Passwords suck. This is a well known fact. Of course, we have conditioned ourselves to using passwords in painful ways so we accept this fact and move on with our lives. Except, I can’t take it anymore.
Every week it seems there’s another breach, and every week there’s yet another security guru spouting the need for better-stronger-more-secure passwords. If you create a “strong” password that meets xyz requirements then it will take 42.3 bajillion years to crack regardless of what hash algorithm the application is using. The problem with this though is that “strong” passwords are ridiculously hard to remember and passwords that are easy to remember are easy to crack.
So we promote the use of password managers -– tools that we use to store our super-strong-secure passwords in a secure way and we get our passwords from said manager every time we need to use a password.
I mean, yes they work for storing password securely, but the underlying problem is that we use passwords for authentication for nearly everything. This isn’t necessarily a bad thing in theory, but in practice passwords don’t scale for humans. As we become more and more connected to more and more applications we realize we have more and more passwords that we need to remember on an almost daily basis, and they are all very different, variations on a theme, or the same password reused over and over again. Using a password manager for this is complicated and slow, and slow or complicated security processes fail. Often.
No wonder we hear about passwords all the time.
Then we hear about the blame. We blame users for not using secure passwords when things go south.
“Oh that’s why you got hacked… your passwords aren’t secure.”
Of course we blame the users! Don’t believe me? Check the news. We point out that 58% of all passwords breached are under some arbitrary length requirement that normal users don’t understand let alone care about. Sure we do it as a service to others, but we do it in a condescending way as if people should know better.
Or we blame the application developers.
“You didn’t hash your passwords with a key-derived function with 100 iterations so attackers can brute force the passwords if they have an offline copy of your database.”
Really? What the hell does that mean? Especially to a developer that doesn’t understand basic abstraction let alone cryptography? Oh, I’m supposed to use at least 1000 iterations?
Passwords are a mess.
As the old joke goes
“Doctor, it hurts when I do this.”
”Then don’t do that!”
We need to stop using passwords. There will always be uses for passwords, but as a defacto authentication scheme? No. Stop it. Just stop it.
How do we do that then?
The standard answer is to get our identity from somewhere else. This is Federation or Single Sign On. Instead of doing the work yourself, get someone else to do it.
Consider the problem: for the bulk of the applications we use we have one persona, or a set of personas for various groups of applications. Business applications get my business persona; personal applications get my personal persona; educational applications get my student persona; etc. If we use the same basic persona (or identity) for a set of applications why on earth should I have to create a different identity for each application? Why should each application have their own way of authenticating me?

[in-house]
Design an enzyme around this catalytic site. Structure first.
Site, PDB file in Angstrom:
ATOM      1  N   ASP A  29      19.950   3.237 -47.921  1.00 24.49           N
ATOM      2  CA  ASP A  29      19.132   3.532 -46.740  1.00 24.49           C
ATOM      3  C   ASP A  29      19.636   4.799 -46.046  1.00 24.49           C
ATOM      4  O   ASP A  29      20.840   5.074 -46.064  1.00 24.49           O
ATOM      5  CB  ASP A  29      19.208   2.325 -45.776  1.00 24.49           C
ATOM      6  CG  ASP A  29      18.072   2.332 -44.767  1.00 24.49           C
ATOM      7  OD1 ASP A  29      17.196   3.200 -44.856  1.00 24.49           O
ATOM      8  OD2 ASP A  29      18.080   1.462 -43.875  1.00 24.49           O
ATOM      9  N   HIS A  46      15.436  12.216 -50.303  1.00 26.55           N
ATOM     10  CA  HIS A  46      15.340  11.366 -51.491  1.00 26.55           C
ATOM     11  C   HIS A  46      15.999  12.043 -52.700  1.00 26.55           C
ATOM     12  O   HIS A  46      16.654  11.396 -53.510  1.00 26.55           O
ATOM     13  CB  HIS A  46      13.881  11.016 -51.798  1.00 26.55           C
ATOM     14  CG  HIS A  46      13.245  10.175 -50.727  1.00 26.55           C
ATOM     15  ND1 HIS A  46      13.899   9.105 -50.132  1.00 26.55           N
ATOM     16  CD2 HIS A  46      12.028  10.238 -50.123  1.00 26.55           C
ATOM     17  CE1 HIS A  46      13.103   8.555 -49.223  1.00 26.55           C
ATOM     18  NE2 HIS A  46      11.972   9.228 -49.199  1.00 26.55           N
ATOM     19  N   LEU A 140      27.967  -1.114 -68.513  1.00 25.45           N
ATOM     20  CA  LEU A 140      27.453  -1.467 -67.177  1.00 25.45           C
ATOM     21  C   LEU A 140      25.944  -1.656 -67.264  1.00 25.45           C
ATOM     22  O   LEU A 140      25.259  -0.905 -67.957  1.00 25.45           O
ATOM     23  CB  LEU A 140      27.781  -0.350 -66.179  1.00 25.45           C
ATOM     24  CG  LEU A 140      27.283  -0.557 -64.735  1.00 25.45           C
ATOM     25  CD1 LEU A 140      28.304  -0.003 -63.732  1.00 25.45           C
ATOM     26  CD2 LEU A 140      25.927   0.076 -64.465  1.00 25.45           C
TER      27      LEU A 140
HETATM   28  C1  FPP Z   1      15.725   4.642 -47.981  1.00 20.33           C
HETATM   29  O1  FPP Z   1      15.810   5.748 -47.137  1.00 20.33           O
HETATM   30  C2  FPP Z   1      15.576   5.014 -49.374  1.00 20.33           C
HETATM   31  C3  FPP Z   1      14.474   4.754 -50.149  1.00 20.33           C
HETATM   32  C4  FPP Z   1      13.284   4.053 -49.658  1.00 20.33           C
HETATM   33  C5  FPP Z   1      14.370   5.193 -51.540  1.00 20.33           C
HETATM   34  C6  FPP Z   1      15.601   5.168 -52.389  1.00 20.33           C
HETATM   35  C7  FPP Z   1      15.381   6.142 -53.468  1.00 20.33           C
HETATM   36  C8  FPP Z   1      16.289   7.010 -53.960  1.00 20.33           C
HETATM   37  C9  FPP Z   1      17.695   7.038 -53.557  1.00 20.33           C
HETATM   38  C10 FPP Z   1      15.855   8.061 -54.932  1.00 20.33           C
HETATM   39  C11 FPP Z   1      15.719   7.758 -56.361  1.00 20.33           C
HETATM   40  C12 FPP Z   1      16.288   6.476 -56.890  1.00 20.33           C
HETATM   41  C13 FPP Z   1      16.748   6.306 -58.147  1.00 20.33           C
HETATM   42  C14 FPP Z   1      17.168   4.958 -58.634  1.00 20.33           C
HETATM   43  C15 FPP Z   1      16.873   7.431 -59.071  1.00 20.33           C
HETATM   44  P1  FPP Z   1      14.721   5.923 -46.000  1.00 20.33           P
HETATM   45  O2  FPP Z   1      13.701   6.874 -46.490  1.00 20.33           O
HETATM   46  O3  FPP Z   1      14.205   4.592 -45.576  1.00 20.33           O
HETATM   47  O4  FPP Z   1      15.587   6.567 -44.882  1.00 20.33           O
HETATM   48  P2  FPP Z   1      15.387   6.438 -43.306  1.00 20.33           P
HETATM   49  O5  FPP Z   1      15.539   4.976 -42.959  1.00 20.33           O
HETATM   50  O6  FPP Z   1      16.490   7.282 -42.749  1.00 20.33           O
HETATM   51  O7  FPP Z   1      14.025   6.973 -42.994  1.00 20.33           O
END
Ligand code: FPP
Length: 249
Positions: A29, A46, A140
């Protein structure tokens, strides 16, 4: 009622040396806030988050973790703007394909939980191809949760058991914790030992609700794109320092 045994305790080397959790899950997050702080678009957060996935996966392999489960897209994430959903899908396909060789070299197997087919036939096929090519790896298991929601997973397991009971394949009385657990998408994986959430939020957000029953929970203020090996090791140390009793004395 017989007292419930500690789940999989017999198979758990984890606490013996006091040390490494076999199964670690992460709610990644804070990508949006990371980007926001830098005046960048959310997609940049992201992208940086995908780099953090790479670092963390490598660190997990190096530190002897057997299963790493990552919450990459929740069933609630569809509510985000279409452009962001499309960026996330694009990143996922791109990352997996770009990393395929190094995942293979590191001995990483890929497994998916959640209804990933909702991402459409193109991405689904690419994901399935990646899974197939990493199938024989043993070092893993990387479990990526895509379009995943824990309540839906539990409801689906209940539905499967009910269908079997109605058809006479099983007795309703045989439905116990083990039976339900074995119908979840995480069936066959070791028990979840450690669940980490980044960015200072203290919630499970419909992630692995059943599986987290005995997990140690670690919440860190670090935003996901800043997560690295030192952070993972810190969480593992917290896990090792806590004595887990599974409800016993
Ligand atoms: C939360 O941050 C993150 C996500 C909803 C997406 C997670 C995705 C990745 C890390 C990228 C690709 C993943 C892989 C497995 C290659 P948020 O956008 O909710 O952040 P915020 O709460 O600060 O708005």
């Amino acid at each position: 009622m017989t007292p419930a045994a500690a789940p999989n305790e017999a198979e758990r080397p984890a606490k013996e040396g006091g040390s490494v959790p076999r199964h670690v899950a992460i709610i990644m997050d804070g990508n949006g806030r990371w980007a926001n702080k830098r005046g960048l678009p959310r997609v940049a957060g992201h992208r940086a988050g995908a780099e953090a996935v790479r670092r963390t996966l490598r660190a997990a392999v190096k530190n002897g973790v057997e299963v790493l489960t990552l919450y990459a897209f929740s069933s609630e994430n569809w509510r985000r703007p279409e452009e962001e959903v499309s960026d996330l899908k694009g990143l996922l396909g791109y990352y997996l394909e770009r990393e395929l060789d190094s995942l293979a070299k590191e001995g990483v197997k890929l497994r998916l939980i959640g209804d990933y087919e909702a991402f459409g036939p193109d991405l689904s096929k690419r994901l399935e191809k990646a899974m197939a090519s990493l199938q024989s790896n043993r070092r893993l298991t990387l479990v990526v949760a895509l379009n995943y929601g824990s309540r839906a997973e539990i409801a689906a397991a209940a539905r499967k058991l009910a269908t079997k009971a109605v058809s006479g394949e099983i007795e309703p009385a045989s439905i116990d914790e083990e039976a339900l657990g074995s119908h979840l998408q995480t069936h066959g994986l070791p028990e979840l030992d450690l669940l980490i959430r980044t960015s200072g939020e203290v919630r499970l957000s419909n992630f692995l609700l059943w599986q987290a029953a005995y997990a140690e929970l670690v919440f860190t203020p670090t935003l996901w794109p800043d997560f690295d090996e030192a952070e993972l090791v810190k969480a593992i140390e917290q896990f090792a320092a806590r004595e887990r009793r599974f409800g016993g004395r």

The resistance we see though is the application developer not wanting to give up control of that password. If they control the password, they control the users fate in the application. Actually, it’s a little understandable.
This is a call to action to all those developers: stop it!
Let go of the passwords. Just let go. Loosen your grip. Easy there. I know it’s tough, but it’s time to let go.
In fact, you don’t want to manage those passwords. Do you really want to get blamed when all of your users passwords are stolen because you didn’t know any better? This means less risk for you.
Risk bad. Less risk good.
But wait! Don’t go hooking up with every identity provider you meet. Only hook up with those you like. If you’re building a business application, go federate with the customer’s company; if you’re building a slick new social media site federate with Twitter or Facebook or LiveID or Google.
Keep it simple. You like Twitter as a provider. Joe’s Fish Taco and Identity notsomuch. Having too many providers will confuse your users because they will forget which provider they used.
If you don’t have any user passwords to manage anymore, that means you don’t have any user passwords to manage! Less work. Less hassle. Less annoyed customers because they can’t remember their password.
As users we need to beg the developers of the applications we use to talk with other identity providers, otherwise they won’t see the need. We have to convince them passwords suck.
Is that too much to ask?